The number of Generals surrounding the President of the Philippines raises questions about the nature of the regime. What is the relationship between President Gloria Macapagal-Arroyo and the military, which includes all branches of the Armed Forces of the Philippines (AFP), and the Philippine National Police (PNP), the leadership of which consists mainly of graduates of the Philippine Military Academy (PMA)? Has there been a “creeping” militarization of the government, i.e. is the military now calling some, at least, of the shots or, going further, is it in effect the real center of the decision-making of the Philippine state?
BY GILL H. BOEHRINGER
Professor, Macquarie University
The number of Generals surrounding the President of the Philippines raises questions about the nature of the regime. What is the relationship between President Gloria Macapagal-Arroyo and the military, which includes all branches of the Armed Forces of the Philippines (AFP), and the Philippine National Police (PNP, the leadership of which consists mainly of graduates of the Philippine Military Academy (PMA)? Has there been a “creeping” militarization of the government, i.e. is the military now calling some, at least, of the shots or, going further, is it in effect the real center of the decision-making of the Philippine state?
Or is there simply a process operating in which the President seeks to protect her individual position by rewarding senior military officers with civilian offices after they have, at least, apparently shown loyal and faithful service? Attempting to protect her position would not be surprising given the antipathy shown toward her by junior, and some senior, officers in the several military incidents during her Presidency which have been referred to as rebellions or mutinies. And the crucial role the military has played in the past removals of Presidents, e.g. Marcos and Estrada, would surely suggest she needs to “take care of” those who might move against her next time. In the face of consistent hugely unpopular poll ratings for the corrupt, neo-liberal GMA government, many commentators believe that the President‘s continuance in office has indeed depended on the maintenance of the loyalty of “the Generals”. Patronage is an old Filipino political tradition, and Arroyo has certainly used it frequently, especially to reward civilian appointees such as in the appointments of losing candidates of her Team Unity in the election of May 2007 e.g. Ralph Recto, Tito Sotto, and Prospero Pichay. Further evidence is her recent selection of retired Admiral Tirso Danga to be head of the National Printing Office. There is a double whammy here – Danga will be in a position to assist in the manipulation of the voting if there is an election in 2010 as scheduled; and he is owed a huge debt because of his significant role in covering up the “Hello Garci” conspiracy wherein Arroyo was caught-out stealing the 2004 election.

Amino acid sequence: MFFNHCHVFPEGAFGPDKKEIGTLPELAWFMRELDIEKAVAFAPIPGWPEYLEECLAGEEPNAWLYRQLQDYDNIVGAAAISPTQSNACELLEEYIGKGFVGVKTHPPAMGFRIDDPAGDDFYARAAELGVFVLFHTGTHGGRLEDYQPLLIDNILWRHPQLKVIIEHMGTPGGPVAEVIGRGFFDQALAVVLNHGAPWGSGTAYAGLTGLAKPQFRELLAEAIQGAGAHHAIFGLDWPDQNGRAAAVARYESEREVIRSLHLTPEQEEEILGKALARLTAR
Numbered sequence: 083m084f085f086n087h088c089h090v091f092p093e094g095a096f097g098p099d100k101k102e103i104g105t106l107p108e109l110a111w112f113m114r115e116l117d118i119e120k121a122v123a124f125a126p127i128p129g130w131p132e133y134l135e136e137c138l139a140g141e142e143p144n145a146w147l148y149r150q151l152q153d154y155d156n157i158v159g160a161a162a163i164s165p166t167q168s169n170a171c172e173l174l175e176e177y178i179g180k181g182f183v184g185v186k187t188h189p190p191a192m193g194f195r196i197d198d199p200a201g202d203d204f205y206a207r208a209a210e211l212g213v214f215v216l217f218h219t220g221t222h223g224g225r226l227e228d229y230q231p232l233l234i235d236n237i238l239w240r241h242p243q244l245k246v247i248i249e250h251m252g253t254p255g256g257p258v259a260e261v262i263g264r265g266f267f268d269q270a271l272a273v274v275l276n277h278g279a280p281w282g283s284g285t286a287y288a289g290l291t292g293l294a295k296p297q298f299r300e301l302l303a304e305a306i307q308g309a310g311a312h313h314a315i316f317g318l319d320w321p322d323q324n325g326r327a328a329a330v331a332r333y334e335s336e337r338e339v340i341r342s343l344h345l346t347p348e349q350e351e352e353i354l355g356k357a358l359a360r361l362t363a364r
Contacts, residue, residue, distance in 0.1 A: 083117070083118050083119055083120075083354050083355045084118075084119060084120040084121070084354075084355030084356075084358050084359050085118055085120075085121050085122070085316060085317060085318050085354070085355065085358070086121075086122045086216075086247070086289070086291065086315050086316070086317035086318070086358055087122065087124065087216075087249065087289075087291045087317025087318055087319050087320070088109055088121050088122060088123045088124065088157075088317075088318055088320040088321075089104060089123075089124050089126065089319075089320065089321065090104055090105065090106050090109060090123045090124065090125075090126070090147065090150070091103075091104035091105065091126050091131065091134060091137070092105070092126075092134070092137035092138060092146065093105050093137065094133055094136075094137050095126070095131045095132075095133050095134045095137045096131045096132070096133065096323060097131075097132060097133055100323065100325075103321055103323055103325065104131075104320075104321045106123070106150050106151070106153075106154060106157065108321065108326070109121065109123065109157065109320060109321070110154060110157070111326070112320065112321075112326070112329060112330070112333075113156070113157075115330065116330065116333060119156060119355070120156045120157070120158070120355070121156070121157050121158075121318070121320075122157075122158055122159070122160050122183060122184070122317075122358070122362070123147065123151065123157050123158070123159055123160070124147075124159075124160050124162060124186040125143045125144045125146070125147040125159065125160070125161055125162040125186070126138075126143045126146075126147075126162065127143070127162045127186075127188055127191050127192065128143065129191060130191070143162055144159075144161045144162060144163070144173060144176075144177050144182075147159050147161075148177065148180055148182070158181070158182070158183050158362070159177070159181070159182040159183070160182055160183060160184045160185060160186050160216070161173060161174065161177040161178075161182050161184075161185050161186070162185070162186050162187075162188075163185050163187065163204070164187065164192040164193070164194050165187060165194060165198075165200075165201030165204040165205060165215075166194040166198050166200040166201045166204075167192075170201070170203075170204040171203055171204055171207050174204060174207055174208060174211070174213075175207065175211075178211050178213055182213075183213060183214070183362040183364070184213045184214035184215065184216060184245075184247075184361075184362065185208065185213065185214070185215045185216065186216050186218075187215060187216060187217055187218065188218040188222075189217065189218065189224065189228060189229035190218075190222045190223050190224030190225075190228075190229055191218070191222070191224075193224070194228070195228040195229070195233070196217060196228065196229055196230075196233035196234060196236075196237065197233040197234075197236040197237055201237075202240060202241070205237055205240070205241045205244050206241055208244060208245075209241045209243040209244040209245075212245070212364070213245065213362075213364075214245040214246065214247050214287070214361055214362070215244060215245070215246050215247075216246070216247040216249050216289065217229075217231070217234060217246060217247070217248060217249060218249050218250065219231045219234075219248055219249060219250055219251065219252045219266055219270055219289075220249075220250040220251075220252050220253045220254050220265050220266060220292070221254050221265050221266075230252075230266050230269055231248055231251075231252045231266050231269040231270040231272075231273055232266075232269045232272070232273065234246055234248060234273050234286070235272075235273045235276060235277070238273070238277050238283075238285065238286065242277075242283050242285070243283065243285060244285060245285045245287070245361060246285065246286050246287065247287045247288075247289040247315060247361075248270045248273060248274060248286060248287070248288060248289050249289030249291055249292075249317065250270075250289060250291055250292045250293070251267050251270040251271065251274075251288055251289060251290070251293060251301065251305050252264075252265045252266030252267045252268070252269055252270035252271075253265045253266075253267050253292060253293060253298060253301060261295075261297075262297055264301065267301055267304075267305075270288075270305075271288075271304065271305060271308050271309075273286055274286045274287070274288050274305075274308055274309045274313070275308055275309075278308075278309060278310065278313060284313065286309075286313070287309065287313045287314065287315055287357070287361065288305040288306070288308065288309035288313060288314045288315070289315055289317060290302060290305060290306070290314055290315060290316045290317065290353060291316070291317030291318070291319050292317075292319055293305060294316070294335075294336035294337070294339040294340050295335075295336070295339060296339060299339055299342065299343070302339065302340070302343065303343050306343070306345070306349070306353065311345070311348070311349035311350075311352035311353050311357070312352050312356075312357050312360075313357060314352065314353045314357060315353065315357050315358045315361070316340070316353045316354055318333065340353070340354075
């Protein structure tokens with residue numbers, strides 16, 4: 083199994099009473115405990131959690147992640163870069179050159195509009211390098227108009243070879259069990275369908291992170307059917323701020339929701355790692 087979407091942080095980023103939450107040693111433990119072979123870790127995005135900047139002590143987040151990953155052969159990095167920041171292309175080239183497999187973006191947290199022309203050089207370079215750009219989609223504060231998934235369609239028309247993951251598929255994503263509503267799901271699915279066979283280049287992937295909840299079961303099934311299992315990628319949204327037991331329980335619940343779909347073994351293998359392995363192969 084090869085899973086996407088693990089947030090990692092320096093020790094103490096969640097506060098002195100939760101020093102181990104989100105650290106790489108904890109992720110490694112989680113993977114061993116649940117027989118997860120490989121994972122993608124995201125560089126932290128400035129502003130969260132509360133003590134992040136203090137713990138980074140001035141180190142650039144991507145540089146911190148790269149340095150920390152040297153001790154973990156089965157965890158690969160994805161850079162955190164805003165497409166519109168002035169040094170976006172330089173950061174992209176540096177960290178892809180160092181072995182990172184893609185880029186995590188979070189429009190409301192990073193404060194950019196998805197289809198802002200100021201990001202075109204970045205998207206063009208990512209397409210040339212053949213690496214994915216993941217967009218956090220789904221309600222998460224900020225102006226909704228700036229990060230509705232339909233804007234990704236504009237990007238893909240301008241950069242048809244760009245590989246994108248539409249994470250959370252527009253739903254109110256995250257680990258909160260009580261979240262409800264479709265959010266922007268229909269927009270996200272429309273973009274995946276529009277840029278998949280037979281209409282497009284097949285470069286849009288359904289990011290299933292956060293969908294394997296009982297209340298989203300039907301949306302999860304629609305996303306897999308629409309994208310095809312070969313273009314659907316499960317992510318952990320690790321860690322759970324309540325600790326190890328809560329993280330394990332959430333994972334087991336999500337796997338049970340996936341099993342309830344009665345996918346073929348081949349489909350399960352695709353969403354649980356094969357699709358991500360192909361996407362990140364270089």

A third possibility is that while “the Generals” certainly have considerable influence in government decision-making, they are not now acting in concert to “militarize” the regime. It seems to me the current state of the AFP, starved of funds for the “modernization” which has been signaled for some years, is indicative here. The Generals have their own motives, as well as some individual agendas. One important one is, of course, maintaining their benefactor in office against the “oppositionists”, whether in the Congress or on the streets. Further, those of them guilty of crimes in the past, are sheltered from prosecution. Another would be to ensure that Arroyo’s commitment to the destruction of the revolutionary armed forces (the New People’s Army or NPA primarily) is not watered down or abandoned by a successor; and that the Moro Islamic Liberation Front (MILF) does not succeed in achieving a separate Islamic state, which necessarily would mean a new military force in the Islands and reduced jurisdiction for the AFP..
There appear to be a complicated set of processes operating in which a number of agendas operate. In my view, this is the more fruitful way of understanding what is happening in current circumstances.
Who are Arroyo’s generals and what are their positions? I have compiled a list of those who have been appointed by Arroyo in the recent past and are in the military, or not long retired. It was compiled in November 2008. Some changes have been made in February 2009 as a result of appointments made and one which has only been floated. (This last is highly significant. The President has indicated she is considering appointing the dreaded General Jovito Palparan, Jr., [ret.], sometimes referred to as The Butcher for his reign of terror in which human rights abuses piled up like firewood.).
These recent appointments have been made with a view to strengthening her position coming up to the Presidential election in 2010. Although Mrs. Arroyo cannot stand for another term under the present Constitution, there is no secret that she has been very active in encouraging her allies in the legislature, aided by other elites, to bring forth what is called Cha-cha – Charter or Constitutional change – which will transform the US-style Presidential system into a Parliamentary system. In such case, it is anticipated that she will easily have the numbers, as she presently does, to be elected Prime Minister. This is not simply a President trying to extend her term of office, it is a President who wishes to continue piling up millions in corrupt deals (largely through her husband’s machinations) but even more important, she does not want to be prosecuted by any succeeding regime for crimes committed in office. As it is, she has been able to avoid impeachment on numerous occasions by political maneuverings of her supporters in the Congress and outside. The likelihood that she would be prosecuted for a list of crimes is very strong, unless she can control, or even monopolize the succession herself.